Being able to extract the depth of data from your marketing platforms is also a vital component of conducting sophisticated analyses.

That’s why we spent a lot of time and effort to ensure our connectors provide marketers with more metrics and dimensions than any other BigQuery application available.

Furthermore, the data is also pre-transformed by our predefined schemas. This basically means that once your data is in BigQuery, you don’t need to do anything to it and it will be presented in the format marketers need.

How Can I Visualize My Data That’s in BigQuery?

Once you have your data in BigQuery, then comes the fun part: exporting it to visualization and BI tools.

Products like Tableau, Looker, and PowerBI provide robust platforms to turn your data into charts so you can monitor, analyze, and report on your marketing performance.

And in order to create a full end-to-end solution for marketers, we also built a dedicated connector to Google Data Studio so you can take all your data through BigQuery and into Data Studio using Supermetrics.

There are several benefits to the Data Studio connector that comes baked into Supermetrics for BigQuery, as it:

  • Automatically merges data from multiple sources without needing to write SQL.
  • Sets data types for all your fields with friendly naming structures (For example, “Account name” instead of “account_name”).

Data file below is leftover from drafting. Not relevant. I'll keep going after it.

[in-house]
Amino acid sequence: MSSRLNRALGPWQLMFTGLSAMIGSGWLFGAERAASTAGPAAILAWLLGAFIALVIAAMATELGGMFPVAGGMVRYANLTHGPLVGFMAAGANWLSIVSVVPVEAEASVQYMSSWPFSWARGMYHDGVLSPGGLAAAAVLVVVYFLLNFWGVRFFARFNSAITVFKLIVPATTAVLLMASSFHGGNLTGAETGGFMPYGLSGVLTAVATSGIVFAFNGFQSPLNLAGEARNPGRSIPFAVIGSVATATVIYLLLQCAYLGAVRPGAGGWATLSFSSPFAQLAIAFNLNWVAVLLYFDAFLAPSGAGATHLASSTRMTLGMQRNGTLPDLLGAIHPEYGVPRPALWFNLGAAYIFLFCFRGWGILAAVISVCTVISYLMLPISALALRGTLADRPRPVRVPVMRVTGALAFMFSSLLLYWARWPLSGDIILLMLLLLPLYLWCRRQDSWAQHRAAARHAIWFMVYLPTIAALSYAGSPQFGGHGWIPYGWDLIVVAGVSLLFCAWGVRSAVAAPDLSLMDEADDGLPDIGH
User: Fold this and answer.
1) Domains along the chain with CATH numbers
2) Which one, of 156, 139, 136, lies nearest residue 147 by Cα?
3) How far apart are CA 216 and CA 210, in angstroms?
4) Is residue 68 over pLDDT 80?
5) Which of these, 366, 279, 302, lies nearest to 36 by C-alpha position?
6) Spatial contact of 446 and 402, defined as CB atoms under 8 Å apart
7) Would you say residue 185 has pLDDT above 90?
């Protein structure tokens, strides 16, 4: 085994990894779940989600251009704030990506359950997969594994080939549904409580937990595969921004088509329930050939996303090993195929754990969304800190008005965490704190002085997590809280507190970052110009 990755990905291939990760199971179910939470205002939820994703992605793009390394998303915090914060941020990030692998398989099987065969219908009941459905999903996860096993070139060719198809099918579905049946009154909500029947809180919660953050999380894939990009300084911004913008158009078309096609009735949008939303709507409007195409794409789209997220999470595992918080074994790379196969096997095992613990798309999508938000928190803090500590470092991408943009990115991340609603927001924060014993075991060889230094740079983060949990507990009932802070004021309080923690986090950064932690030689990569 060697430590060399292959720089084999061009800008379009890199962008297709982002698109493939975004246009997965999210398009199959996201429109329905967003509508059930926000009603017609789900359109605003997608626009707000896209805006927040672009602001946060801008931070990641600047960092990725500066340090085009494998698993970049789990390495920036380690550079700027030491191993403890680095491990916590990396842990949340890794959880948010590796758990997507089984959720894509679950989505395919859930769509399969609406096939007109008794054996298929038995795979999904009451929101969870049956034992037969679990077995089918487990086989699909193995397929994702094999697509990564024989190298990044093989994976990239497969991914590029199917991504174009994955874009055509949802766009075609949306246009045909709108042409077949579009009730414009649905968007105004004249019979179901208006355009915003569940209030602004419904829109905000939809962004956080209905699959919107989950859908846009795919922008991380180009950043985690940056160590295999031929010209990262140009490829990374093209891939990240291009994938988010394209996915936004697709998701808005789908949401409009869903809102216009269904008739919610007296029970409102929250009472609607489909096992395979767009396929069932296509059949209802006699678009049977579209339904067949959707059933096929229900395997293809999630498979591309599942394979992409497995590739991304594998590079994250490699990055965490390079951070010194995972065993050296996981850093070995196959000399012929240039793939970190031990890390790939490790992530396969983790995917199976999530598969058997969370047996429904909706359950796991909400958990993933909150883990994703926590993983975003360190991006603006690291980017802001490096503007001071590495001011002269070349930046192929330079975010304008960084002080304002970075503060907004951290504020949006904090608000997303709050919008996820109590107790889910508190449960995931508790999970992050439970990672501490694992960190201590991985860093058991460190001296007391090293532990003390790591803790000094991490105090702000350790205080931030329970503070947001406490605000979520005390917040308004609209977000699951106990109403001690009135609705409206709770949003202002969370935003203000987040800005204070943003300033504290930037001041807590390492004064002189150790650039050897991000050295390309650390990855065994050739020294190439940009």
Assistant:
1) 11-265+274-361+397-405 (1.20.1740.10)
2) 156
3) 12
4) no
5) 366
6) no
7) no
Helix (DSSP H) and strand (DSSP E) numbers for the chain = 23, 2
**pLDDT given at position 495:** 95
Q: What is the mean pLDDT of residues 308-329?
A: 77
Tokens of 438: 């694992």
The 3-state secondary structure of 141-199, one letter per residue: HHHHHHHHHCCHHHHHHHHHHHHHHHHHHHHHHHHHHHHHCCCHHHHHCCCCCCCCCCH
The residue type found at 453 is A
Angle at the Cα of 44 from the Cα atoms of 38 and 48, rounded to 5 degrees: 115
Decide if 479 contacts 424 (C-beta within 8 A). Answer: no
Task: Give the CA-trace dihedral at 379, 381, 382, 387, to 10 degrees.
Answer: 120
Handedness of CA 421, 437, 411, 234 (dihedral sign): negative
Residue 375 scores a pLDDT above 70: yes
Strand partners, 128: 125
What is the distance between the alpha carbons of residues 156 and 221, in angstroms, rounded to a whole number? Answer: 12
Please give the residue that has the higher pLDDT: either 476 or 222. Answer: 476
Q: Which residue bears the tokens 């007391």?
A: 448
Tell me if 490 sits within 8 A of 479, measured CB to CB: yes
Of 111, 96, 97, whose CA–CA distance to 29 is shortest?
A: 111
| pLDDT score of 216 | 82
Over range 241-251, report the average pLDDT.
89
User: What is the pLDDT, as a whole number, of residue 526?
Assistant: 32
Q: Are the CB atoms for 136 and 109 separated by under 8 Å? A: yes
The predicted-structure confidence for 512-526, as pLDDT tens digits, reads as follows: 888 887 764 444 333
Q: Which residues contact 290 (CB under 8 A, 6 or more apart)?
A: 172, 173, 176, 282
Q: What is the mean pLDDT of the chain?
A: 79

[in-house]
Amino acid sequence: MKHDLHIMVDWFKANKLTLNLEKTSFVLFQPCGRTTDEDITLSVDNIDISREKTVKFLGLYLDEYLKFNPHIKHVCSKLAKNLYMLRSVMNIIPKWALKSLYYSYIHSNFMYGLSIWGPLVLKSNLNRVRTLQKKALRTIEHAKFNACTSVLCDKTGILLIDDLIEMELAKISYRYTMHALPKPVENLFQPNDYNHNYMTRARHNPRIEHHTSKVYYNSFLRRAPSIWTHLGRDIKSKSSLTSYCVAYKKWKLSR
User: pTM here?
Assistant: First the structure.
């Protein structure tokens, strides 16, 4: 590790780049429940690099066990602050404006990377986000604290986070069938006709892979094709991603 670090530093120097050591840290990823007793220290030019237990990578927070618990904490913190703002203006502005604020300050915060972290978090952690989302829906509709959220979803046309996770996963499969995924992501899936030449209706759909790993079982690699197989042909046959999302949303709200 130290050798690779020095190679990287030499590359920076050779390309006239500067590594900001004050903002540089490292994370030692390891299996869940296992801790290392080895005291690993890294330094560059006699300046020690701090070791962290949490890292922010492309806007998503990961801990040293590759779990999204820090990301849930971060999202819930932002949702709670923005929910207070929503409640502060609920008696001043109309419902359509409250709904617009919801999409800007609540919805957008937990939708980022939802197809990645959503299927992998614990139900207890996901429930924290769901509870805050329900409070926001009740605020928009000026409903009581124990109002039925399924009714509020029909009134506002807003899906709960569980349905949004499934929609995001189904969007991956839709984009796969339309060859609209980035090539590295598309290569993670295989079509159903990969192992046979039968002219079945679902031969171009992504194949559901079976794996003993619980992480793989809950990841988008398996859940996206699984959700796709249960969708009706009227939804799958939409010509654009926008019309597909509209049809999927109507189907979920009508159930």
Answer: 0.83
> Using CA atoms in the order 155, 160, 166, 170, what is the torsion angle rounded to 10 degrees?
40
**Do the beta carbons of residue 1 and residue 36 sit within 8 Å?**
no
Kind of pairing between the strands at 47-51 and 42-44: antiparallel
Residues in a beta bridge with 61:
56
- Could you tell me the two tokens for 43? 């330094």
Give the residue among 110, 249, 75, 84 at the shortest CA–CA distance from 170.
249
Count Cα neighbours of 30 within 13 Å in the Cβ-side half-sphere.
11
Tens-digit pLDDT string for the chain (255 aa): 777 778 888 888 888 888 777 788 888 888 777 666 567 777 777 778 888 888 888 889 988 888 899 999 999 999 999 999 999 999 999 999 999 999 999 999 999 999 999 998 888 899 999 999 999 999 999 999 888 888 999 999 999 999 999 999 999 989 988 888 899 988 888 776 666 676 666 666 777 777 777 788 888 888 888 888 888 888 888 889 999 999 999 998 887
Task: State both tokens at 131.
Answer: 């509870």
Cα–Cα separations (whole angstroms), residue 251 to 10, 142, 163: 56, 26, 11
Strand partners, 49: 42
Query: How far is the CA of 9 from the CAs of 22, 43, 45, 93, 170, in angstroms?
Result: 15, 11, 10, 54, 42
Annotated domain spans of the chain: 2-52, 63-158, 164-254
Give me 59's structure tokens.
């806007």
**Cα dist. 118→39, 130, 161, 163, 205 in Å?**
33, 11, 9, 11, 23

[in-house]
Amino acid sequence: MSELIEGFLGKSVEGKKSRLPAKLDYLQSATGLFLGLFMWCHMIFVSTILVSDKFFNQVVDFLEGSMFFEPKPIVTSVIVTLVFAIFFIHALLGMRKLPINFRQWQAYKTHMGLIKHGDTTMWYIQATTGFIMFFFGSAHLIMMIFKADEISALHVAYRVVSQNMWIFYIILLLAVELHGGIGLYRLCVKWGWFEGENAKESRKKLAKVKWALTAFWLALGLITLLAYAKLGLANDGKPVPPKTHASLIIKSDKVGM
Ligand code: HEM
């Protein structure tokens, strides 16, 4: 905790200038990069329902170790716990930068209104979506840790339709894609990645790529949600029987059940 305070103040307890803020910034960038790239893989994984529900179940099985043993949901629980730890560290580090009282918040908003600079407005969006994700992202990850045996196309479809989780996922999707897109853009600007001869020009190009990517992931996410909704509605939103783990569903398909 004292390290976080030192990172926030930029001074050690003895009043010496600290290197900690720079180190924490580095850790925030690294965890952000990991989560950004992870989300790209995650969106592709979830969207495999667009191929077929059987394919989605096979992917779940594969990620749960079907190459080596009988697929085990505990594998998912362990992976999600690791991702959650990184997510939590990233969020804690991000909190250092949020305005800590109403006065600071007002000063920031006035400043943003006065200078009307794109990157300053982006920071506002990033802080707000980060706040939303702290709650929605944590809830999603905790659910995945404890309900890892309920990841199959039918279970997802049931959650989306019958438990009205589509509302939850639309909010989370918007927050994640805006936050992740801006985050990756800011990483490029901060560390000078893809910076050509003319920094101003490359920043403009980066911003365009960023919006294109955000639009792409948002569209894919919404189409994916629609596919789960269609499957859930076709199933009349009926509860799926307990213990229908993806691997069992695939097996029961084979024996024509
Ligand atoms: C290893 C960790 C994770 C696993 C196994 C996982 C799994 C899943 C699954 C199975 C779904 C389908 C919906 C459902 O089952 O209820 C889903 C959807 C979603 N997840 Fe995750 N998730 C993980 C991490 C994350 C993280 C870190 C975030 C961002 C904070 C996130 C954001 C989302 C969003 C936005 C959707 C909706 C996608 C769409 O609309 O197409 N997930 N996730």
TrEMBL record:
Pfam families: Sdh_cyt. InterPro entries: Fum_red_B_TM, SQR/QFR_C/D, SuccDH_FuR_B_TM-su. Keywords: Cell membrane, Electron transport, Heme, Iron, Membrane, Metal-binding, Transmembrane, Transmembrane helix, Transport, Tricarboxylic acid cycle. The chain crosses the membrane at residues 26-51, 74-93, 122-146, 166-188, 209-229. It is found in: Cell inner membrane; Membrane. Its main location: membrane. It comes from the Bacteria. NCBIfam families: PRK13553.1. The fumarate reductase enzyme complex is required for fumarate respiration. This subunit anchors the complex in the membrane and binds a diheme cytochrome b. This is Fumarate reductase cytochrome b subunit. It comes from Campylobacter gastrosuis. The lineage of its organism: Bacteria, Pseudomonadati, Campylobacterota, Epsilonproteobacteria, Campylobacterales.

• Adds calculated metrics like CTR, eliminating the need to manually define formulas.
  • Automatically includes time fields like week, month and year, which you would normally need to configure.

BigQuery: Common Use Cases for Marketers

There are endless scenarios for which marketers can use BigQuery, but here are three common ones to help get you started.

Cross-Channel PPC Analysis

Gather data from your PPC campaigns that run across multiple channels to identify which platforms are performing best for each campaign.

With Supermetrics for BigQuery, you can now pull data from heavily used paid marketing platforms including Facebook, Instagram, LinkedIn, and Bing Ads into BigQuery so you’re able to do this.

This means you’ll have all of your data in a central location and can create all-inclusive visual reports of your blended data.

This, in turn, will ensure smarter allocation of your performance marketing budgets and improved ROI.

Web Analytics + CRM

It’s vital that digital marketers understand visitor behavior before and after conversion. Prospects often interact with several pages and content pieces across multiple visits before they do convert.

Pre-conversion, all this user data will be tied into a unique and anonymous cookie ID, which can be sent to Google BigQuery.

Once a prospect converts, they’d then have a CRM record ID, which in turn can be associated with their anonymous cookie ID by sending the cookie ID to the CRM upon conversion.

With Supermetrics for BigQuery, you can track both pre- and post-conversion on-site activity from Google Analytics and combine it with enriched data from your CRM to generate an in-depth understanding of your prospective customers.

Attribution Analysis

Modern buying behavior makes attribution challenging.

As we discussed in the previous use case, it’s difficult to attribute every conversion to just one specific channel or touchpoint.